Linda Noto Auxiliary member with a staff person from the Cardiology Department and the Holter Monitors
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Brandon Satellite Residency Campus reaches 10-year milestone in 2023

Dr. Joanne Maier, Associate Dean of UM Max Rady College of Medicine’s Brandon Satellite Campus

Prairie Mountain Health (PMH) continues its strong partnerships with two University of Manitoba residency programs located within the health region. The Brandon Satellite Campus, along with the Parkland Family Medicine Residency Unit, based in Dauphin, has provided exceptional opportunities for physicians to train in rural settings and has further increased the number of physicians who continue to practice in rural and more remote communities.

In 2013, the University of Manitoba (UM) established the Brandon Satellite Campus, designed to expand the postgraduate training of physicians to recruit more doctors to rural Manitoba. Two years later, with mounting success, UM expanded the initiative with enhanced programs for emergency medicine, psychiatry and an anesthesia program. In 2017, another expansion allowed students to take their third year of medical school in Brandon.

Dr. Joanne Maier is the Associate Dean of the UM Max Rady College of Medicine’s Brandon Satellite Campus. Dr. Maier succeeded Dr. Charles Penner, who moved on to other opportunities last July. Dr. Maier says the residency program continues to play a prominent role in the region and province and has enjoyed tremendous support.

“It is great to see most of the physicians involved in precepting and teaching and the programs increasing,” Maier said. “Also, it’s wonderful to see so many graduates working in Brandon and rural Manitoba! It really has made a difference for recruitment and retention.”

Dr. Maier says several exciting programs have developed over time that the Brandon Satellite Campus is pleased to highlight.

Drs. Alise Gaiser-Edwards and Laurel Stevenson

“Three programs— two postgraduate and one undergraduate— have been developed that are based almost entirely in Brandon. This includes a two-year family medicine residency, a five-year psychiatry residency and a one-year longitudinal clerkship (third year of medical school with clinical rotations). There is a hybrid program (postgraduate) for a five-year anesthesia residency, which includes a portion of the training in Brandon. And, we have many visiting medical students, residents and physician assistant trainees doing a variety of rotations here throughout the year.”

Across the province and country, recruitment and retention of health-care providers remain top of mind, including the ongoing challenge of finding more doctors for rural areas. Looking back on Brandon Satellite Campus over the past 10 years, the tongue-in-cheek reference of ‘grow your own’ has taken on even greater significance.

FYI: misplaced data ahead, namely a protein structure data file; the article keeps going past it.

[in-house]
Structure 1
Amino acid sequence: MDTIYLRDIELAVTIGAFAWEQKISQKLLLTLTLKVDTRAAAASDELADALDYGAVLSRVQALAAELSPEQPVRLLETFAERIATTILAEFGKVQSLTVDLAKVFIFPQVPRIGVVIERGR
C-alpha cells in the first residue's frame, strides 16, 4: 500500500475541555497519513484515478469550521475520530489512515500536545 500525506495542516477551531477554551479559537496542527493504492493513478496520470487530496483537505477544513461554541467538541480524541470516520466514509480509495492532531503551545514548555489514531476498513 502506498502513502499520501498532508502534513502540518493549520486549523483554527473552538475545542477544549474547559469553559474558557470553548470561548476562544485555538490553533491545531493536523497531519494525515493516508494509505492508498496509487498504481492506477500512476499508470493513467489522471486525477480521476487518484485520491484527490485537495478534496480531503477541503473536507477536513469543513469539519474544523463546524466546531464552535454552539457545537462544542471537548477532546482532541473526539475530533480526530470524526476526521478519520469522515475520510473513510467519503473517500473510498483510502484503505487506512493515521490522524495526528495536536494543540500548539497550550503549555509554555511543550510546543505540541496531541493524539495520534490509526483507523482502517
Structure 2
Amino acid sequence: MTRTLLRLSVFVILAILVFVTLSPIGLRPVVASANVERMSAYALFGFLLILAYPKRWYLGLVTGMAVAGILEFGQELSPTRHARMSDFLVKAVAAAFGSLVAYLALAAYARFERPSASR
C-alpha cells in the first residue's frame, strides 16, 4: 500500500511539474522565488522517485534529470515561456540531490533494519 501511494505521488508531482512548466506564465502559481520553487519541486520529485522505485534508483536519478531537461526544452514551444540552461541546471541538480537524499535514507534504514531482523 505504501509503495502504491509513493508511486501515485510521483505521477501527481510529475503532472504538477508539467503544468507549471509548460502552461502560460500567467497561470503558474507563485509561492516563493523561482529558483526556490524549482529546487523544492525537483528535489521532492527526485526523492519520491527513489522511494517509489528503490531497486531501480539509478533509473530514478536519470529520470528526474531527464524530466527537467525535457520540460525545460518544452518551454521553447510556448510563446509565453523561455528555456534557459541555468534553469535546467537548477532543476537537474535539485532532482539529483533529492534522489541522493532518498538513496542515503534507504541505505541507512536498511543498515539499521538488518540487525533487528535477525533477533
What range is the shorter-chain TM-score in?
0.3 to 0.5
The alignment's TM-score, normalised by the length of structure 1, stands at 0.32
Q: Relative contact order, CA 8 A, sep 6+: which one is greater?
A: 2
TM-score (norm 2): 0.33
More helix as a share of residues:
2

“We know there are factors associated with the increased probability of physicians choosing to practice in rural and remote communities, some of which include rural upbringing, positive undergraduate rural exposure, postgraduate exposure outside of urban areas and stated intent/preference for general or family practice primary care,” Maier stated.

Candace Kwiatkowski, Dr Scott Blyth (preceptor) and Dr. Carmel Razzaghi

“The main purpose of developing a satellite campus here was to improve recruitment and retention by training rurally, which has been effective. Many of the graduates from Brandon family medicine and Brandon family medicine/emergency medicine enhanced skills training have remained in Brandon or rural Manitoba. Many of the graduated physicians working here are from Brandon or the area. And, the other programs based here are now starting to have residents that are graduating.”

Maier says physician preceptors and PMH continue to be very supportive of the medical residents, medical students and UM Brandon Satellite Campus. PMH CEO Brian Schoonbaert says the health region has a lot to offer and regularly touches base with residents within the residency programs.

“We always say, come and enjoy, or continue to enjoy, our ‘good nature’! For health-care professionals, this applies to living and working in rural Manitoba. We really don’t have to sell the benefits of living in our region if residents are from rural areas; they already know how special it is. But we do have to continue to promote the diverse practice opportunities that exist region-wide, from family practice to specialized positions. We remain committed to continuing that,”

Maier says the campus initiative continues to evolve, and there is an opportunity to develop more rural training positions in family medicine, enhanced skills in emergency medicine/family medicine, psychiatry and anesthesia in a sustainable way.

“Other generalist specialty rural training is needed and being explored. These will all require the appropriate funding from government, support from the respective University of Manitoba departments, support from PMH, training, retention and recruitment of preceptors here and adequate infrastructure.”

Maier says UM is developing new and strengthening current partnerships between other Rady Faculty of Health Sciences’ colleges (dentistry, rehabilitation sciences, pharmacy and nursing) and the respective Brandon departments, moves she adds, can only benefit the city and region.